I still fundamentally have the power to draw a line between my work-self and my weekend-self, of course. The convergence of the two simply reflects the fact that my work addresses an issue I’m personally passionate about, as well as my own failure to develop technical skills beyond liberal-arts faffery.

But I wonder what it means, at a structural level, for employers to requisition employees to this extent. As employee marketability shifts away from skills and toward selves, what will our employers start to expect from us?

A lot’s been written in recent years about the implications of employers checking the Facebook pages and Twitter feeds of their workers. Maybe our bosses aren’t monitoring us, they’re just assessing their purchase.

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Tree of Life is like ‘Wait, you did all that in four minutes?!’


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German Hospitals are Different

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Berlin Street Art Walking Tour

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Living in Berlin Lesson #471

Germans react poorly to the salutation ‘hey punk’.

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Why Did Deep Throat Leak to Woodward?

I feel like the older I get, the more I realize that the answer to the question ‘Why did [historical figure] do [historic thing]?’ always turns out to be ‘bald self-interest‘.

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I Live in a Socialist Dystopia

From a NYTimes article on Germany’s palsied domestic economy:

Now, German states can set their own shop hours, and most have lifted restrictions during the workweek — though Sunday is still taboo in most places. Florists and bakers are typically allowed to open a few hours on Sunday.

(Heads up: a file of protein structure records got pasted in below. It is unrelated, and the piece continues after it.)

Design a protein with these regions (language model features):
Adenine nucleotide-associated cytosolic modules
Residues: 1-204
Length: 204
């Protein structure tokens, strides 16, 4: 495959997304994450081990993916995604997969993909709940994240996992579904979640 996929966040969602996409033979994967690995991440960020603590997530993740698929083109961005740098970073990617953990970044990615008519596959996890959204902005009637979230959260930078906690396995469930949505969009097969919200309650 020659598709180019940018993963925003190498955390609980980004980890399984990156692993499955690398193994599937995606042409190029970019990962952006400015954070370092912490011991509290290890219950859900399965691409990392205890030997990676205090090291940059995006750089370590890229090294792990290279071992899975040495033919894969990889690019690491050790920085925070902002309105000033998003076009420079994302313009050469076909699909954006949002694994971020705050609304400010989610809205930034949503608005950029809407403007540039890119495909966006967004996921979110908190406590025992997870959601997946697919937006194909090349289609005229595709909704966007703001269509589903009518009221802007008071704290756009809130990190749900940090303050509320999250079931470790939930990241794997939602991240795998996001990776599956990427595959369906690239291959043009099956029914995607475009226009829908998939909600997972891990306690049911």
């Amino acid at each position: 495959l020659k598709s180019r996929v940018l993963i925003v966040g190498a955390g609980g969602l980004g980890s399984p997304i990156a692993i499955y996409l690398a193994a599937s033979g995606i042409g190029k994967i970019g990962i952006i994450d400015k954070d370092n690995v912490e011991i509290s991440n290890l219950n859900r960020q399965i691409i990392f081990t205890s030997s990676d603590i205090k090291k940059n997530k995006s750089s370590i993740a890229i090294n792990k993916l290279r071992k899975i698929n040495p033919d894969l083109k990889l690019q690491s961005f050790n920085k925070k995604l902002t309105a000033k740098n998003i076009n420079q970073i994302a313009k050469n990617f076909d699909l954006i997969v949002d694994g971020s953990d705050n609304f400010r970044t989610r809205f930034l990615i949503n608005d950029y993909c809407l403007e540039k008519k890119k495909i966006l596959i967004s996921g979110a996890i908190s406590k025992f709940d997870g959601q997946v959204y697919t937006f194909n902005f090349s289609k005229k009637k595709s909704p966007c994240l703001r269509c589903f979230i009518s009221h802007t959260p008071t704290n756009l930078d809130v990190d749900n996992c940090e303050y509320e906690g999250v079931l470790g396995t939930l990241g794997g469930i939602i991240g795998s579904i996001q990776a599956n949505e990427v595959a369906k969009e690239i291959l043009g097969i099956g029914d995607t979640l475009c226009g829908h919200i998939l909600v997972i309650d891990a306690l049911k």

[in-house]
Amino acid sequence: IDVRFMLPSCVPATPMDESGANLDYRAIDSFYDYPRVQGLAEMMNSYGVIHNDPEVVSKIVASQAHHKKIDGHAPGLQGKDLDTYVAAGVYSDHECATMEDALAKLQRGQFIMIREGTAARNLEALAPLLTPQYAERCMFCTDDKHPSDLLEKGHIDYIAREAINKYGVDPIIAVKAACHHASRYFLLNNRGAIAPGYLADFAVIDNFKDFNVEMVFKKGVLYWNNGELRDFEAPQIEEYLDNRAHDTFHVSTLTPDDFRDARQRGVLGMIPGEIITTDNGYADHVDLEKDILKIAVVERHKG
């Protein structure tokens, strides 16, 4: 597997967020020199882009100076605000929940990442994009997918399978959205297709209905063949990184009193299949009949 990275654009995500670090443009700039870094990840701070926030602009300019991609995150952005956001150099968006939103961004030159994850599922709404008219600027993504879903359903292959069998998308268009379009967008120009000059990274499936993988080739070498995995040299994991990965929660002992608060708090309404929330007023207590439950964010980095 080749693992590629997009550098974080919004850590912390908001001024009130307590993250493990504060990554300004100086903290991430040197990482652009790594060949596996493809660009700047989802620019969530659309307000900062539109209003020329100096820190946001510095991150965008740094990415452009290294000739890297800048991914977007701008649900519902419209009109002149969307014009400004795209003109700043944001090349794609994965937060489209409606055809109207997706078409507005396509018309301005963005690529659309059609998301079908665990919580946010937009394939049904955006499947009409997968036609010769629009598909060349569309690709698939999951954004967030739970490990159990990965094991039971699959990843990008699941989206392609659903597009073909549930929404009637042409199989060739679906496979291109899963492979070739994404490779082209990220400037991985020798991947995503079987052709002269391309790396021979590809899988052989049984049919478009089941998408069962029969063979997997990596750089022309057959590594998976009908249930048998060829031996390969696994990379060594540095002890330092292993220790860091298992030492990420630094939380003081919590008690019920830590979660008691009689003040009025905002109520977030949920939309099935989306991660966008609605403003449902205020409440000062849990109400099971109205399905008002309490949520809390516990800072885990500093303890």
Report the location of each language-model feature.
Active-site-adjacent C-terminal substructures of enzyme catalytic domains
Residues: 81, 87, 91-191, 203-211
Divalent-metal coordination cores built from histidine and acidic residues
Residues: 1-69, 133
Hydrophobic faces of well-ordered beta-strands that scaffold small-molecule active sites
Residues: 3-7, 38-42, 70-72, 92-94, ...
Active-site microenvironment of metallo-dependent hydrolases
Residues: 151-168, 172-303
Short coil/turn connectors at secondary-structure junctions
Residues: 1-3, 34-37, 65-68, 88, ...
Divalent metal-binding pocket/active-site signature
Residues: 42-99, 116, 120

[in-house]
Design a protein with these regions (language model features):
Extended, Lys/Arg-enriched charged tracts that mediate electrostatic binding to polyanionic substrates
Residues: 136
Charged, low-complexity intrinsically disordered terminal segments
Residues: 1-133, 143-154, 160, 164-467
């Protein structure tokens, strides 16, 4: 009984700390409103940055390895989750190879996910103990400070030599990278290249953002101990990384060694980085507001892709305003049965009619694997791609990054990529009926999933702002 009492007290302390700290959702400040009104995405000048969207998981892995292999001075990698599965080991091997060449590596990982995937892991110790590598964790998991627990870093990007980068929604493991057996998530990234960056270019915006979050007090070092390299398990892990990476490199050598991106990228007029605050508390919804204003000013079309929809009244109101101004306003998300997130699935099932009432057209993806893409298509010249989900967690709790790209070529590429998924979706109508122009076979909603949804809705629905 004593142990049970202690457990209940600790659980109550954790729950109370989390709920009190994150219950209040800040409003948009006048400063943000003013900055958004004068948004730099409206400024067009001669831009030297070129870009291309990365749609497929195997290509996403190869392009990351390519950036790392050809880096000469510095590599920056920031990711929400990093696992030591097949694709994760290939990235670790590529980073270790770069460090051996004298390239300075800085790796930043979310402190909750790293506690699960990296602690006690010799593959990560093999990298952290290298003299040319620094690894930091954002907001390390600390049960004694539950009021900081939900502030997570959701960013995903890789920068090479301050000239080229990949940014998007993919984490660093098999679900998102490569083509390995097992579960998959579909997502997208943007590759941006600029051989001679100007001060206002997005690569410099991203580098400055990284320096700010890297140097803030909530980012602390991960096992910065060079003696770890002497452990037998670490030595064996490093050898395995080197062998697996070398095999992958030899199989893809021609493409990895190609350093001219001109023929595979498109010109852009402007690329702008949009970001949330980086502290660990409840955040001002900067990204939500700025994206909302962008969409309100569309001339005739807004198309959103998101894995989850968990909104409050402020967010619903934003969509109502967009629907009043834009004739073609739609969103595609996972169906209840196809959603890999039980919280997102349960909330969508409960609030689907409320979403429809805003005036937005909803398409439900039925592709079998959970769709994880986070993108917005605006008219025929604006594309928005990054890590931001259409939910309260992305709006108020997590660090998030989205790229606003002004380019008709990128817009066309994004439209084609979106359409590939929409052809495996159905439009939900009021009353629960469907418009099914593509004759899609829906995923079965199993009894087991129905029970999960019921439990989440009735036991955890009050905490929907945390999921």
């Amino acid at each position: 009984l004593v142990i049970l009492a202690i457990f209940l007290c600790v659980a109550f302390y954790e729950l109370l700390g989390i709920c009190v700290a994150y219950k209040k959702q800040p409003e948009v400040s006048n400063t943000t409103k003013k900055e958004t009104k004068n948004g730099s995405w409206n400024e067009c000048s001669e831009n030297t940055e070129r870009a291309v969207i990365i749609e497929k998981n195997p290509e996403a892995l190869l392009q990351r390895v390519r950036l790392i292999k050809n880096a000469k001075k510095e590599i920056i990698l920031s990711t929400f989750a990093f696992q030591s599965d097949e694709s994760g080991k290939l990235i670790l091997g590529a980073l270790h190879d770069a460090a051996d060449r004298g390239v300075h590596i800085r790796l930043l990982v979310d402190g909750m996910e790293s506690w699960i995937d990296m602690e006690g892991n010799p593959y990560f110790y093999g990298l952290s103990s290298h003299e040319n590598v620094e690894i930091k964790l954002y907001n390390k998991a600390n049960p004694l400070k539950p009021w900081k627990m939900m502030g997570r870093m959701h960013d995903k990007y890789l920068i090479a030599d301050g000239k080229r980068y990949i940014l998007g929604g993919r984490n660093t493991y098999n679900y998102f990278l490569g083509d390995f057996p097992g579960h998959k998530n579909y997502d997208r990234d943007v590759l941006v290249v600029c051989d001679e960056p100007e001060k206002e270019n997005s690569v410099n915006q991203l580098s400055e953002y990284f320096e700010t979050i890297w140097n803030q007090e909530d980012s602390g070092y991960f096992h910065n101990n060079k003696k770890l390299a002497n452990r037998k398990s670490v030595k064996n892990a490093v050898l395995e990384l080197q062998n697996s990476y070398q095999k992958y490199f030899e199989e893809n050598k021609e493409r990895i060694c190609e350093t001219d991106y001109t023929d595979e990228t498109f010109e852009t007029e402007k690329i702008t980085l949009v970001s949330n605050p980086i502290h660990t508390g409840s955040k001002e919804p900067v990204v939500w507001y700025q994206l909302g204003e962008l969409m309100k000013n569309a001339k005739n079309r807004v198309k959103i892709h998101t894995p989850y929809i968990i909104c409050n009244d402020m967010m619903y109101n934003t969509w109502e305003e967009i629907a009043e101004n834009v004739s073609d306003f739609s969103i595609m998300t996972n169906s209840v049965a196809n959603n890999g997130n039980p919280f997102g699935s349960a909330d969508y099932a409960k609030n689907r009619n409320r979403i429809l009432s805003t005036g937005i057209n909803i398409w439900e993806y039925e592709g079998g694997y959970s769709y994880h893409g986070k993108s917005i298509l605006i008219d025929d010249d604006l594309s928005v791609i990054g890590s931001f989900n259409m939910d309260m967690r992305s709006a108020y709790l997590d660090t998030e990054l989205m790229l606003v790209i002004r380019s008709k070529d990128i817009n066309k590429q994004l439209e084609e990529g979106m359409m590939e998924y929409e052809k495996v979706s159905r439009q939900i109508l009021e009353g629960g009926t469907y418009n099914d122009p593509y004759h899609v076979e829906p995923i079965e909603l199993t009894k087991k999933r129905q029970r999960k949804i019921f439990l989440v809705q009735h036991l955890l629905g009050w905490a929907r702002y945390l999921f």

I cannot express how frustrating it is to live in a country where everything is closed on Sundays. I mean everything. Books, clothing, furniture, electronics, groceries: These are the things you will do without for fully 50% of your weekly non-working days.

When I first moved to Europe, I thought this would be something I would get used to eventually, like paying for plastic bags or  headlice outbreaks. But at least once per week I have the same inner monologue:

‘I need [household item]. I’d better stop at the store on the way home. Oh wait, it’s Sunday. … I’ll just do without that until next fucking Saturday.

The fact that florists and bakers are the only shops allowed to be open on Sundays somehow makes this even more insulting. It’s like the government is saying, We accept that human beings need items to live, including on Sundays. But we will only allow you to purchase supplies for government-approved weekend activities.

So if you want to read the newspaper, eat a croissant and fluff some tulips on a Sunday, the government will support you. If you want to fix your bike, get a prescription filled, buy furniture or make an actual meal, the government will  thwart you.